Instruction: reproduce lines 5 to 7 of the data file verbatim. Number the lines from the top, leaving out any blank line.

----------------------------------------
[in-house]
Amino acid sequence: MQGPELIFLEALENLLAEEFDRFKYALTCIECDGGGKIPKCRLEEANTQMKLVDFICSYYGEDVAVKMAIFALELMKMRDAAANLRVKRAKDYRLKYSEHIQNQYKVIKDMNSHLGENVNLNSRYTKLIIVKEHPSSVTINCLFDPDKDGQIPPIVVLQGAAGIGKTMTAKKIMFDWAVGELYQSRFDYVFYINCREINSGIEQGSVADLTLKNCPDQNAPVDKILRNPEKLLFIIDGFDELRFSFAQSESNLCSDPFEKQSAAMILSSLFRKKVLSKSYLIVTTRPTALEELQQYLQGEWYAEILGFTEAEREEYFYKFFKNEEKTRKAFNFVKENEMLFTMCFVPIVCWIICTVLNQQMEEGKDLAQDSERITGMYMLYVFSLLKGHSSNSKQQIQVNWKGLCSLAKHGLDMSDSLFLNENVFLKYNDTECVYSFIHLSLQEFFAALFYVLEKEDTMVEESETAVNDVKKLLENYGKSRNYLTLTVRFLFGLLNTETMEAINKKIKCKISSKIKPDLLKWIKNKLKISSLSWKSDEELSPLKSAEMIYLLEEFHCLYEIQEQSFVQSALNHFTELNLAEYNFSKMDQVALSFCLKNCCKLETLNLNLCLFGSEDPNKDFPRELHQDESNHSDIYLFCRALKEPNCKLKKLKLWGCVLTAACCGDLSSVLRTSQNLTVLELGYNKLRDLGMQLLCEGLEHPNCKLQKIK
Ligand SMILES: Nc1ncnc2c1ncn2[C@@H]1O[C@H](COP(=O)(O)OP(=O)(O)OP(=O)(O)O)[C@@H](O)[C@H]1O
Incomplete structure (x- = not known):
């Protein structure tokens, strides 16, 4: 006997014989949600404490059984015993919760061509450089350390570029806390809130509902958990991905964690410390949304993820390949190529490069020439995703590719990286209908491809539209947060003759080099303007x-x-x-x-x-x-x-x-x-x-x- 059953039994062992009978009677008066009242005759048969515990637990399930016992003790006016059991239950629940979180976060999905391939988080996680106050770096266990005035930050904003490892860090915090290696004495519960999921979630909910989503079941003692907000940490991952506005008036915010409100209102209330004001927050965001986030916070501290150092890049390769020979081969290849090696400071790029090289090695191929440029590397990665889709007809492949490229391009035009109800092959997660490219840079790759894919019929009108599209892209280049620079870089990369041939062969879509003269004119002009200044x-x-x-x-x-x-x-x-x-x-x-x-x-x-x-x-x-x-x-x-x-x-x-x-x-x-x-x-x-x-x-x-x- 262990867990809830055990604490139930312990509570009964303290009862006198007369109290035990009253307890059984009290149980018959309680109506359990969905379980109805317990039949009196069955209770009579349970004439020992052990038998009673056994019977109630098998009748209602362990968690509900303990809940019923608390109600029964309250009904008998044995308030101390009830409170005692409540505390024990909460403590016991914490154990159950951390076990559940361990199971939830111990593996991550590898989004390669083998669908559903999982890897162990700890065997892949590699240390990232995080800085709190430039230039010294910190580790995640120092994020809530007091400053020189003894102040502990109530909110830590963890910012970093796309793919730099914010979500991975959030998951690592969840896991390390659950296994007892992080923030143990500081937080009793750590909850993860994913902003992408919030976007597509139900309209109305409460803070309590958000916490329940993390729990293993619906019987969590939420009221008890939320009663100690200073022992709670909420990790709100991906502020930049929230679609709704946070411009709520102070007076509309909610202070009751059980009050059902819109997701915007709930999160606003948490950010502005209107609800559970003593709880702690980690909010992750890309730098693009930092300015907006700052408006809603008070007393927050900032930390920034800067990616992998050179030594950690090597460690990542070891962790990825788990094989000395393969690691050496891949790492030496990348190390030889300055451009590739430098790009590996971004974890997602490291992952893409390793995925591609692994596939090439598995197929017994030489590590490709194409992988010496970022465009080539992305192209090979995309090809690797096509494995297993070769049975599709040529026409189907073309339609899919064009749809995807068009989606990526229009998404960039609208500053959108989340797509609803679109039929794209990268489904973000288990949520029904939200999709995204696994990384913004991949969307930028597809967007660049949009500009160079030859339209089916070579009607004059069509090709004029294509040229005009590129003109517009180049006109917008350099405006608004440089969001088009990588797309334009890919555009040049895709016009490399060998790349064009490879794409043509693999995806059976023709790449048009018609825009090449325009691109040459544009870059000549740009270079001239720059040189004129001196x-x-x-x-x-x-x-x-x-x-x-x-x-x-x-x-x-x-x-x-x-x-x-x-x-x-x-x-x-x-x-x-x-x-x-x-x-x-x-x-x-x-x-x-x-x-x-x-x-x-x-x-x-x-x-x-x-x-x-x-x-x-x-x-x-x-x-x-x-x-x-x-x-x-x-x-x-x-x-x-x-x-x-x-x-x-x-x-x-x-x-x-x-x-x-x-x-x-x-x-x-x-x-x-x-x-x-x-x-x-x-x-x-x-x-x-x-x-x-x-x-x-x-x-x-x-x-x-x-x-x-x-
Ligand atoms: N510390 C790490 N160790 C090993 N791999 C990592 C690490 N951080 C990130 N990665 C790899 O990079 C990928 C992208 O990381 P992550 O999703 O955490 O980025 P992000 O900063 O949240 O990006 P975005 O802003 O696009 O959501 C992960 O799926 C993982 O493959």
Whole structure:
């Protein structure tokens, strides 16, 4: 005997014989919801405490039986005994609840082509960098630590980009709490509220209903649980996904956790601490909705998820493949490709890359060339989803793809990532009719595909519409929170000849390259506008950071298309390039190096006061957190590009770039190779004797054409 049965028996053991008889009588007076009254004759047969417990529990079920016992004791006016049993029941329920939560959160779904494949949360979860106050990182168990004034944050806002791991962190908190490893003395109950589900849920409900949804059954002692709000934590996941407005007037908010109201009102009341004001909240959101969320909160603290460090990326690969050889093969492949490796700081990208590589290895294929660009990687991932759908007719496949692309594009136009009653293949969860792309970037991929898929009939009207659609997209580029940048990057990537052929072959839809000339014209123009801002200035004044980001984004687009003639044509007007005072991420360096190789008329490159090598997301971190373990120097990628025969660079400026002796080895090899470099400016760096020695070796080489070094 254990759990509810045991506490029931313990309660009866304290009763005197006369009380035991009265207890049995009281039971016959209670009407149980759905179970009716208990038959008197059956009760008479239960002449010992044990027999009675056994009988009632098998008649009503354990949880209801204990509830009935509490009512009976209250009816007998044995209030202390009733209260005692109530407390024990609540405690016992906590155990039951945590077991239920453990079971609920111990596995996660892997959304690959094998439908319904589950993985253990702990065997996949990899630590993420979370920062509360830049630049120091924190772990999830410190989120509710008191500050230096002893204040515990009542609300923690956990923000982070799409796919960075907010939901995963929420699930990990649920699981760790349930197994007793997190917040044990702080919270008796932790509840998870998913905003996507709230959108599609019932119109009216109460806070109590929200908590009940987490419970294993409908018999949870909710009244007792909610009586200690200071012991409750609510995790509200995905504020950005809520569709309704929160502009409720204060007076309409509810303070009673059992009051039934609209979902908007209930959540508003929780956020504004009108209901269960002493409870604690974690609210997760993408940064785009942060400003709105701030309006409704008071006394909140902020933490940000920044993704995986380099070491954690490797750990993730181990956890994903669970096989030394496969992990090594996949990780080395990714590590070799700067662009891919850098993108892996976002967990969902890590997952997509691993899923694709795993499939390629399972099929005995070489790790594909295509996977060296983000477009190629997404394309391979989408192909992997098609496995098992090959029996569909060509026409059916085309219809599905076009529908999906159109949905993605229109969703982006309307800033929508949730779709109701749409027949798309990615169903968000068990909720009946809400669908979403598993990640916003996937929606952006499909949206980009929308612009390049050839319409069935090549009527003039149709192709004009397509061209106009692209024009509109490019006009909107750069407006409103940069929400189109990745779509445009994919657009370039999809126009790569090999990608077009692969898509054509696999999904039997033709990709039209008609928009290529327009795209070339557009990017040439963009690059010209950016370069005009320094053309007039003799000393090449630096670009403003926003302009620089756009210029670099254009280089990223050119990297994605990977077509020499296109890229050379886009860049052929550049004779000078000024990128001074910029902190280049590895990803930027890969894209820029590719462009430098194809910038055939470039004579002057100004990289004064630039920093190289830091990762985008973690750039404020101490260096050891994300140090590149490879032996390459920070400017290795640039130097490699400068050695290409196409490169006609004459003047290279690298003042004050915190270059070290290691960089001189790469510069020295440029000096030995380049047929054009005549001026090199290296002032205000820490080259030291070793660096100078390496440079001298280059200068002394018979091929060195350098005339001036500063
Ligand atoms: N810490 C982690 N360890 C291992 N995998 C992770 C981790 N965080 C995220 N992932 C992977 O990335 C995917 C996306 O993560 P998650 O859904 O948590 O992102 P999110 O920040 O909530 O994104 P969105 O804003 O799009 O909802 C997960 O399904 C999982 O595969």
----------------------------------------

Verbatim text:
């Protein structure tokens, strides 16, 4: 006997014989949600404490059984015993919760061509450089350390570029806390809130509902958990991905964690410390949304993820390949190529490069020439995703590719990286209908491809539209947060003759080099303007x-x-x-x-x-x-x-x-x-x-x- 059953039994062992009978009677008066009242005759048969515990637990399930016992003790006016059991239950629940979180976060999905391939988080996680106050770096266990005035930050904003490892860090915090290696004495519960999921979630909910989503079941003692907000940490991952506005008036915010409100209102209330004001927050965001986030916070501290150092890049390769020979081969290849090696400071790029090289090695191929440029590397990665889709007809492949490229391009035009109800092959997660490219840079790759894919019929009108599209892209280049620079870089990369041939062969879509003269004119002009200044x-x-x-x-x-x-x-x-x-x-x-x-x-x-x-x-x-x-x-x-x-x-x-x-x-x-x-x-x-x-x-x-x- 262990867990809830055990604490139930312990509570009964303290009862006198007369109290035990009253307890059984009290149980018959309680109506359990969905379980109805317990039949009196069955209770009579349970004439020992052990038998009673056994019977109630098998009748209602362990968690509900303990809940019923608390109600029964309250009904008998044995308030101390009830409170005692409540505390024990909460403590016991914490154990159950951390076990559940361990199971939830111990593996991550590898989004390669083998669908559903999982890897162990700890065997892949590699240390990232995080800085709190430039230039010294910190580790995640120092994020809530007091400053020189003894102040502990109530909110830590963890910012970093796309793919730099914010979500991975959030998951690592969840896991390390659950296994007892992080923030143990500081937080009793750590909850993860994913902003992408919030976007597509139900309209109305409460803070309590958000916490329940993390729990293993619906019987969590939420009221008890939320009663100690200073022992709670909420990790709100991906502020930049929230679609709704946070411009709520102070007076509309909610202070009751059980009050059902819109997701915007709930999160606003948490950010502005209107609800559970003593709880702690980690909010992750890309730098693009930092300015907006700052408006809603008070007393927050900032930390920034800067990616992998050179030594950690090597460690990542070891962790990825788990094989000395393969690691050496891949790492030496990348190390030889300055451009590739430098790009590996971004974890997602490291992952893409390793995925591609692994596939090439598995197929017994030489590590490709194409992988010496970022465009080539992305192209090979995309090809690797096509494995297993070769049975599709040529026409189907073309339609899919064009749809995807068009989606990526229009998404960039609208500053959108989340797509609803679109039929794209990268489904973000288990949520029904939200999709995204696994990384913004991949969307930028597809967007660049949009500009160079030859339209089916070579009607004059069509090709004029294509040229005009590129003109517009180049006109917008350099405006608004440089969001088009990588797309334009890919555009040049895709016009490399060998790349064009490879794409043509693999995806059976023709790449048009018609825009090449325009691109040459544009870059000549740009270079001239720059040189004129001196x-x-x-x-x-x-x-x-x-x-x-x-x-x-x-x-x-x-x-x-x-x-x-x-x-x-x-x-x-x-x-x-x-x-x-x-x-x-x-x-x-x-x-x-x-x-x-x-x-x-x-x-x-x-x-x-x-x-x-x-x-x-x-x-x-x-x-x-x-x-x-x-x-x-x-x-x-x-x-x-x-x-x-x-x-x-x-x-x-x-x-x-x-x-x-x-x-x-x-x-x-x-x-x-x-x-x-x-x-x-x-x-x-x-x-x-x-x-x-x-x-x-x-x-x-x-x-x-x-x-x-x-
Ligand atoms: N510390 C790490 N160790 C090993 N791999 C990592 C690490 N951080 C990130 N990665 C790899 O990079 C990928 C992208 O990381 P992550 O999703 O955490 O980025 P992000 O900063 O949240 O990006 P975005 O802003 O696009 O959501 C992960 O799926 C993982 O493959």
Whole structure: